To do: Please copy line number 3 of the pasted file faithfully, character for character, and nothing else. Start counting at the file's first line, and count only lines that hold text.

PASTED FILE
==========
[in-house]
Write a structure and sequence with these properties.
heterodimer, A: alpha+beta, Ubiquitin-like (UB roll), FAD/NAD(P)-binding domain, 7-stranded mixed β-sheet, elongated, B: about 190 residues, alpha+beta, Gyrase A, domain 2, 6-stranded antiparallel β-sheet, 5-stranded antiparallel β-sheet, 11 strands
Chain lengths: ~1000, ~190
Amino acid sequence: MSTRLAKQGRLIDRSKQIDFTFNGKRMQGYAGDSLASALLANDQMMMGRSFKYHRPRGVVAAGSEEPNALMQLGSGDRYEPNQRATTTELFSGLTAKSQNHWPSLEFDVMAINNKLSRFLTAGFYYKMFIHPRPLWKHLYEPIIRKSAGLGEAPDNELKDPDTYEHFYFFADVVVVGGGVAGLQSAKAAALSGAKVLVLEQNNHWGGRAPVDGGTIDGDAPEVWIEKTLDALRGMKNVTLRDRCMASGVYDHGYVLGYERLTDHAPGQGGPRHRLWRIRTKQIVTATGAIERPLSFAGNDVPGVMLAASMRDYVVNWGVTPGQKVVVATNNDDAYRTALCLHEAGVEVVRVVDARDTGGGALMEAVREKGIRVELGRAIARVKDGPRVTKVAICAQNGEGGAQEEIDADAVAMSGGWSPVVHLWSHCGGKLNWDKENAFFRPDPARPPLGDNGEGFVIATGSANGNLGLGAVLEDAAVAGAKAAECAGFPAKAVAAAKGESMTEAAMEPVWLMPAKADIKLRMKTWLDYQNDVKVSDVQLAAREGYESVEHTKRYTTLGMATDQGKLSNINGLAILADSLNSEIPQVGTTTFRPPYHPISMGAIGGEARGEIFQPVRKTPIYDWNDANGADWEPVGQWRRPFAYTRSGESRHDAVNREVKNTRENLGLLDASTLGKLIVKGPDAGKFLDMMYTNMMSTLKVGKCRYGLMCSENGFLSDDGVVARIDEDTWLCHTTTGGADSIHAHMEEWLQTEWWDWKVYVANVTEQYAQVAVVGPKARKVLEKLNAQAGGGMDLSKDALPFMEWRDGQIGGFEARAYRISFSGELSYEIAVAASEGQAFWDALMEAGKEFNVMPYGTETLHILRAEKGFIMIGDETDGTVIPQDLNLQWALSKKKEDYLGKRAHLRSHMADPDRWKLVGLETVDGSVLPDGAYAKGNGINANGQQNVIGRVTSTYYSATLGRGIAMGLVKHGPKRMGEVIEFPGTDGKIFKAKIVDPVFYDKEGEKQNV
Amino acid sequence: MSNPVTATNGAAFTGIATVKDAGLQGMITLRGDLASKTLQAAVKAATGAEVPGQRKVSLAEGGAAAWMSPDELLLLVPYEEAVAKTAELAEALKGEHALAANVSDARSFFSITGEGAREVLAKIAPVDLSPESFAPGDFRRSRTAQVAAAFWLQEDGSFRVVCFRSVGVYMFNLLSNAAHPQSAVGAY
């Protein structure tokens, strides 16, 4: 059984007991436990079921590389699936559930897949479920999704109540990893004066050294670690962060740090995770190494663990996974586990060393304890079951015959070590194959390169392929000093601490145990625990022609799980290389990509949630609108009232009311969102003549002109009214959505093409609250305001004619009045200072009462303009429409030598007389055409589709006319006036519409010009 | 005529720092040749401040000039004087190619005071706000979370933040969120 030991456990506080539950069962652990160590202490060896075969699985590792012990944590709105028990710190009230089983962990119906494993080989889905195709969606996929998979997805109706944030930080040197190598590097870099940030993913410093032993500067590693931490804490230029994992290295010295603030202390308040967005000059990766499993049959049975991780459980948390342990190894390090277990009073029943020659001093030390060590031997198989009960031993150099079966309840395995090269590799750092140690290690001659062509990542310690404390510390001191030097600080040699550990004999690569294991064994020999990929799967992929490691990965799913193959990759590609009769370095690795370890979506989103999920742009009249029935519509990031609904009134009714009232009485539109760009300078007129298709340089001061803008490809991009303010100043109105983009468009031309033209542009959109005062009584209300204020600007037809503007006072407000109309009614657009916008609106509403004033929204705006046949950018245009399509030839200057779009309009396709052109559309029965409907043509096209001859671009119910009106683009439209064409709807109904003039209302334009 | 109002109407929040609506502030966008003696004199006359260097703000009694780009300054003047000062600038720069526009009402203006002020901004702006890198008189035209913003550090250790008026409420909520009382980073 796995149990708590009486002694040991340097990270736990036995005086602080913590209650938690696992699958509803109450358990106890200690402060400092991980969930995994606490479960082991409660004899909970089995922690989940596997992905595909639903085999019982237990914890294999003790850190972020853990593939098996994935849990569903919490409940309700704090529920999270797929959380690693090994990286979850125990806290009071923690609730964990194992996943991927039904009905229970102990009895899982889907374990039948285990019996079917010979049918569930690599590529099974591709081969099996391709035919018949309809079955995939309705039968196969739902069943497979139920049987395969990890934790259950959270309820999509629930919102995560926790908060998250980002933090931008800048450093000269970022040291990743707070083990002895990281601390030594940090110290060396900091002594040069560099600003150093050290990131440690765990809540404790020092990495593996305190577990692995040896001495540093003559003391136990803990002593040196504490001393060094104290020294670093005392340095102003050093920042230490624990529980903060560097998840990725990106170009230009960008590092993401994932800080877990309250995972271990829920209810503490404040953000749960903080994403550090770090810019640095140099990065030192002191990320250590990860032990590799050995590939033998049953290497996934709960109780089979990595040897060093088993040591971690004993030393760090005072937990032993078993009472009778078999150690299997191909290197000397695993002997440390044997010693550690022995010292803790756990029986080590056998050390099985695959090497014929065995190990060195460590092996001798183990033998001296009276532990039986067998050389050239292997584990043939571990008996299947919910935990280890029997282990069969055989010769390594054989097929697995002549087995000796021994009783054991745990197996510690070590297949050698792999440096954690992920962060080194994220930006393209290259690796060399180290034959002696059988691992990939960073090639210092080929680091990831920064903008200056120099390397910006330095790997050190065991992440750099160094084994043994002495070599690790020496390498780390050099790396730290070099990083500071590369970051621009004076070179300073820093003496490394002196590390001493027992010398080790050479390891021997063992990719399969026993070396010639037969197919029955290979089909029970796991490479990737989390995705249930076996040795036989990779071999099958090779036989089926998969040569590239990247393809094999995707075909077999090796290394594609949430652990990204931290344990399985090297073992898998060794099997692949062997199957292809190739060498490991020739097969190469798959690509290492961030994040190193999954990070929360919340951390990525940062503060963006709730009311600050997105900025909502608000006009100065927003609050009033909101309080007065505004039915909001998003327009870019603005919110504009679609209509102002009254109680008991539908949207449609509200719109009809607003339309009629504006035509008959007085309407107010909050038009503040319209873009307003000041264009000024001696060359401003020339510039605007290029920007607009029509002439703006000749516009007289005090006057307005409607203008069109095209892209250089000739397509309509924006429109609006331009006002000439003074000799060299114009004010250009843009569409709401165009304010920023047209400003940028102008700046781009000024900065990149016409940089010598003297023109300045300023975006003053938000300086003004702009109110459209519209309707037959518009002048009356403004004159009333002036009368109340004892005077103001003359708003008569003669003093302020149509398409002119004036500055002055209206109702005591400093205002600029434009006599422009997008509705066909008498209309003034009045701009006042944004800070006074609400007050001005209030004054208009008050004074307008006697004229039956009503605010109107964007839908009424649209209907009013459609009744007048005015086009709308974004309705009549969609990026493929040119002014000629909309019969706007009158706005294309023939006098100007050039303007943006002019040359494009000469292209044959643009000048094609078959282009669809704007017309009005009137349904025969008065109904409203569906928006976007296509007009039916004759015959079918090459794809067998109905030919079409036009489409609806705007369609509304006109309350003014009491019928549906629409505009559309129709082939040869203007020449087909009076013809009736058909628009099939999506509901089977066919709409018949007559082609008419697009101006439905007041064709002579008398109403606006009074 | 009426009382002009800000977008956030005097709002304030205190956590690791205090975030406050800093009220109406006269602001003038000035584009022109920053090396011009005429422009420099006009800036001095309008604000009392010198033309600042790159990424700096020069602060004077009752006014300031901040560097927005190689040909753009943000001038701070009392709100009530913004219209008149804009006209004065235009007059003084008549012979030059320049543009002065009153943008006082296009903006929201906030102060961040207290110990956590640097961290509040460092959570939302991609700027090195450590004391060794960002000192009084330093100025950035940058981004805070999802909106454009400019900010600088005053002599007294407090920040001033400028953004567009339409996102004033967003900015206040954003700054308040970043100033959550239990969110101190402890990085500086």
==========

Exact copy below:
heterodimer, A: alpha+beta, Ubiquitin-like (UB roll), FAD/NAD(P)-binding domain, 7-stranded mixed β-sheet, elongated, B: about 190 residues, alpha+beta, Gyrase A, domain 2, 6-stranded antiparallel β-sheet, 5-stranded antiparallel β-sheet, 11 strands